Blue sky and sea, with boats
Weymouth Bay is an oasis of blue sky and sea, with excellent sailing conditions. This is because it shelters from the worst of the English Channel weather behind the Island of Portland. The Bay includes Portland Harbour, Weymouth Beach, Studland Bay and Lulworth Cove. It is home to the Weymouth and Portland National Sailing Academy as a result of being the site for the 2012 Olympic sailing events.
History of the Bay
In 2019, the aircraft carrier Queen Elizabeth II anchored in the Bay, in order to allow disembarkation of a squadron for Yeovilton. In 1805, the year Aaran House was built, the Earl of Abergavenny sank in the bay, costing 261 lives. 1824 saw the ‘Great Tempest’, which destroyed much of the Esplanade. Most famously, King George III popularized the concept of sea-bathing for health reasons and effectively launched the Holiday Industry, here in Weymouth.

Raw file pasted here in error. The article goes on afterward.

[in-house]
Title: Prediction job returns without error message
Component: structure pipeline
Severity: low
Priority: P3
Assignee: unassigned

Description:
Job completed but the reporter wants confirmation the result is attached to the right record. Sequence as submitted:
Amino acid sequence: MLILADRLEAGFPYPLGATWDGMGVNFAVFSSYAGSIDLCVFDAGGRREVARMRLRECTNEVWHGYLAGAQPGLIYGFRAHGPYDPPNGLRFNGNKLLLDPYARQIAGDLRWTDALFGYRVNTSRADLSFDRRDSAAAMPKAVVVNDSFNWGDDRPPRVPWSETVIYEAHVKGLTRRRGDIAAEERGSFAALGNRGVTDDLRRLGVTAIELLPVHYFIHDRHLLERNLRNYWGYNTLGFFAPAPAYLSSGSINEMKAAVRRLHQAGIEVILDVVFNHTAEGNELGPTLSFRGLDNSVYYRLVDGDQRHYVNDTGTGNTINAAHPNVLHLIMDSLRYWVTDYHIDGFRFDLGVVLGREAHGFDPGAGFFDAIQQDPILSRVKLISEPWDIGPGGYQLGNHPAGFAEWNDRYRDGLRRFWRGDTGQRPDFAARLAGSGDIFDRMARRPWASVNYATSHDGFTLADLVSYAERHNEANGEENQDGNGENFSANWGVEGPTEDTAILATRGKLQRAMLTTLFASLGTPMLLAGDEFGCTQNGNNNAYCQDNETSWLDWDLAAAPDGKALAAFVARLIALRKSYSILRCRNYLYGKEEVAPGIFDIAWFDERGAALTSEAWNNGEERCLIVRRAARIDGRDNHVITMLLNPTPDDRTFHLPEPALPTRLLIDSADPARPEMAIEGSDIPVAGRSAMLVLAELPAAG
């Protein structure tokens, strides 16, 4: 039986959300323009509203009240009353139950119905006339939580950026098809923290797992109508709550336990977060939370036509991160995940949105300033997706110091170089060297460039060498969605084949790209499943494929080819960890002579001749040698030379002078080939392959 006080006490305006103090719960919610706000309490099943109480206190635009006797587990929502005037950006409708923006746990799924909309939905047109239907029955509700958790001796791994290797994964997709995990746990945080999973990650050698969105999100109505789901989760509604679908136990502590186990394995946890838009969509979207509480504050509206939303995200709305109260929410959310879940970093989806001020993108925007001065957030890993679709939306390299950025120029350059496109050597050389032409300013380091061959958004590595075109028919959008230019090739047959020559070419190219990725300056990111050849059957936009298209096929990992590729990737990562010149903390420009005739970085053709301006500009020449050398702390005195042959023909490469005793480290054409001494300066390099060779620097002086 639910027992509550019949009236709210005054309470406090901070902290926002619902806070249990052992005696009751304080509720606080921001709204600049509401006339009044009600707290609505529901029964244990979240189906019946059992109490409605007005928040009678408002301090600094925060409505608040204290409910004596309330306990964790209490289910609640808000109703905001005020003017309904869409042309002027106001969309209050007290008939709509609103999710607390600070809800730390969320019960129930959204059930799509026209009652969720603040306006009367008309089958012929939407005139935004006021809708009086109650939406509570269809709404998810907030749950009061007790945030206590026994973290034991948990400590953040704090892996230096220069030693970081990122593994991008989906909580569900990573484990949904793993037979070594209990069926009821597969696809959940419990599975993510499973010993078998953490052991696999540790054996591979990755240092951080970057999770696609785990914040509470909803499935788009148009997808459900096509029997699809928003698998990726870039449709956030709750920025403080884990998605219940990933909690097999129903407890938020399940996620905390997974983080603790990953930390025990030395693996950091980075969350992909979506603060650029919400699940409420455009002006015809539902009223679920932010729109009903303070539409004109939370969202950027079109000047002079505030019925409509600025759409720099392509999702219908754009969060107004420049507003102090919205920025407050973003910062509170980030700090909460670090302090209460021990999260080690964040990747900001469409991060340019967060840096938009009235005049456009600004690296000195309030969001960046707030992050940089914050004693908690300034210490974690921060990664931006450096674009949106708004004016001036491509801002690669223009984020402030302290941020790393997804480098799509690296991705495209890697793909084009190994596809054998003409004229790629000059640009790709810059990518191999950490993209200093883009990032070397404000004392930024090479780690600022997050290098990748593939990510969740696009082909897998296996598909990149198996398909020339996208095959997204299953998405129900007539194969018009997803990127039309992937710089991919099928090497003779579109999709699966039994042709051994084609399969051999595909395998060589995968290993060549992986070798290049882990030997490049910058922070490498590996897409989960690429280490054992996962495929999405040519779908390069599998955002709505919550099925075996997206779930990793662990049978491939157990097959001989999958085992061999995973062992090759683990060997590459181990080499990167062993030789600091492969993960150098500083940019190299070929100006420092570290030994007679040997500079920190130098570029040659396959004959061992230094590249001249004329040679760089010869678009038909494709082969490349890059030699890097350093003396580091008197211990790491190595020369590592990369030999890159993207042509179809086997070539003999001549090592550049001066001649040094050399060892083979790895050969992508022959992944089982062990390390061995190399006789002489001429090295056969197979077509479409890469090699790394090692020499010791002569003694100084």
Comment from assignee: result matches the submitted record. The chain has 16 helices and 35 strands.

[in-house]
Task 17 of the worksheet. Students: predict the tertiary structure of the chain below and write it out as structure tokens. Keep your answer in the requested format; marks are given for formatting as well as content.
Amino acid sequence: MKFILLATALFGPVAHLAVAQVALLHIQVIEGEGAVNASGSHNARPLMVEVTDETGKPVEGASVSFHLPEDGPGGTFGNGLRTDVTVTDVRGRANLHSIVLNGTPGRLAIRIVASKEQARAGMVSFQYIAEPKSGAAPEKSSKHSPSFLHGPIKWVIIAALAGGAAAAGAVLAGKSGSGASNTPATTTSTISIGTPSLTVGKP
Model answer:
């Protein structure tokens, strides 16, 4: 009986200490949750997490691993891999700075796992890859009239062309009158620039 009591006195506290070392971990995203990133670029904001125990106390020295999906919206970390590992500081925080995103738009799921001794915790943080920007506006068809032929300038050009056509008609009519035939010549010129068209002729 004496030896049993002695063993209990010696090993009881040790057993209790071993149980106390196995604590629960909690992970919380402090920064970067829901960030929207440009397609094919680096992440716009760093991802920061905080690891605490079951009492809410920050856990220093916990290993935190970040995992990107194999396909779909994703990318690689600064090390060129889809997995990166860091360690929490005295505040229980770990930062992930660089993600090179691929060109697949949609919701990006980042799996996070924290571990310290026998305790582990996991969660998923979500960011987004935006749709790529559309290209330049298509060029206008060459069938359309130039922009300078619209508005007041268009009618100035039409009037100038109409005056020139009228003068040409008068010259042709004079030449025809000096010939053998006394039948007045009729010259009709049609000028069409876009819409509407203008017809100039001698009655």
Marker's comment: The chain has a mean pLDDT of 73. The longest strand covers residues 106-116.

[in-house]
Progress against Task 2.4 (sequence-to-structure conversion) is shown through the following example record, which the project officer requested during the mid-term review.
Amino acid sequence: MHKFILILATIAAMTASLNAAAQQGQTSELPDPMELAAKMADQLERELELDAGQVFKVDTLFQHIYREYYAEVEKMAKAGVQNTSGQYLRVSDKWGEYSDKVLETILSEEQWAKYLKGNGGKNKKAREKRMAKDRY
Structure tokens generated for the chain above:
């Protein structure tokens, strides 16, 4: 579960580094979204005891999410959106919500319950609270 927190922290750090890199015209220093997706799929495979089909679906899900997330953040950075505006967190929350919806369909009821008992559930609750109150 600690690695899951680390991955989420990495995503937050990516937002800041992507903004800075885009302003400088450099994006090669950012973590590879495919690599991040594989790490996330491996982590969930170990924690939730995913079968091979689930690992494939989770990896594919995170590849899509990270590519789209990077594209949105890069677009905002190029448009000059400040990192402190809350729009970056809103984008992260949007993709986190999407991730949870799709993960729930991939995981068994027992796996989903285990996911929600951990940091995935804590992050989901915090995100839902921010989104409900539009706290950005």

Fishing and marine life
Anyone who has ever “crunched” along the Esplanade in early Spring will realise there is plenty of marine life in the Bay. Gulls and crows/rooks regularly leave captured shellfish on the pavement. Lacking the powerful beaks of larger gulls, crows have developed a method to break into these tough little meals. They can be seen dropping shelled creatures from a height before leaving tens of thousands of “shelly” corpses for people to walk upon.
As well as shellfish, there are plenty of crabs and lobsters while various locations prove to be excellent spots for fishing. However, those nervous of crabs or larger fish around them while paddling can relax. It is fairly rare to see any of the marine life unless one hires a fishing boat for the day. Of course, the types of fish vary depending on location. Luckily, local Charter Captains are very skilled and can usually find any of those below.
Nearby Studland Bay is one of the largest breeding grounds for sea horses, due to extensive beds of sea grass.